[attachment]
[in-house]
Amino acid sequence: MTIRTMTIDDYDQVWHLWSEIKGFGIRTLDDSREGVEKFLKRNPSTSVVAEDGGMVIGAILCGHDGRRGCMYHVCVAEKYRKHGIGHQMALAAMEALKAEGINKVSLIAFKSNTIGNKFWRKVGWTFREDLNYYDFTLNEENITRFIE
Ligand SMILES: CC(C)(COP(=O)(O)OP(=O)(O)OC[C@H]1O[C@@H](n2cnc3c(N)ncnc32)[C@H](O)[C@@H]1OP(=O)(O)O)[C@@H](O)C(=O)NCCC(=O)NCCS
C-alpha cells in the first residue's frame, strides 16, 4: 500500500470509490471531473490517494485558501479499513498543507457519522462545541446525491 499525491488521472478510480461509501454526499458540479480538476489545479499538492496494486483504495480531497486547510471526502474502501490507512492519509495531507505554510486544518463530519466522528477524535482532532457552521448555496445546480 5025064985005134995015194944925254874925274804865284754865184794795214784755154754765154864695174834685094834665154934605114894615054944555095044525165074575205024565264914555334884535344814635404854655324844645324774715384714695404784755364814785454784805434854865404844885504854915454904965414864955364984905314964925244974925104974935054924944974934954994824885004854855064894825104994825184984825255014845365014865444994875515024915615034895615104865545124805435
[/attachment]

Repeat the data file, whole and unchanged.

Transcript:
[in-house]
Amino acid sequence: MTIRTMTIDDYDQVWHLWSEIKGFGIRTLDDSREGVEKFLKRNPSTSVVAEDGGMVIGAILCGHDGRRGCMYHVCVAEKYRKHGIGHQMALAAMEALKAEGINKVSLIAFKSNTIGNKFWRKVGWTFREDLNYYDFTLNEENITRFIE
Ligand SMILES: CC(C)(COP(=O)(O)OP(=O)(O)OC[C@H]1O[C@@H](n2cnc3c(N)ncnc32)[C@H](O)[C@@H]1OP(=O)(O)O)[C@@H](O)C(=O)NCCC(=O)NCCS
C-alpha cells in the first residue's frame, strides 16, 4: 500500500470509490471531473490517494485558501479499513498543507457519522462545541446525491 499525491488521472478510480461509501454526499458540479480538476489545479499538492496494486483504495480531497486547510471526502474502501490507512492519509495531507505554510486544518463530519466522528477524535482532532457552521448555496445546480 5025064985005134995015194944925254874925274804865284754865184794795214784755154754765154864695174834685094834665154934605114894615054944555095044525165074575205024565264914555334884535344814635404854655324844645324774715384714695404784755364814785454784805434854865404844885504854915454904965414864955364984905314964925244974925104974935054924944974934954994824885004854855064894825104994825184984825255014845365014865444994875515024915615034895615104865545124805435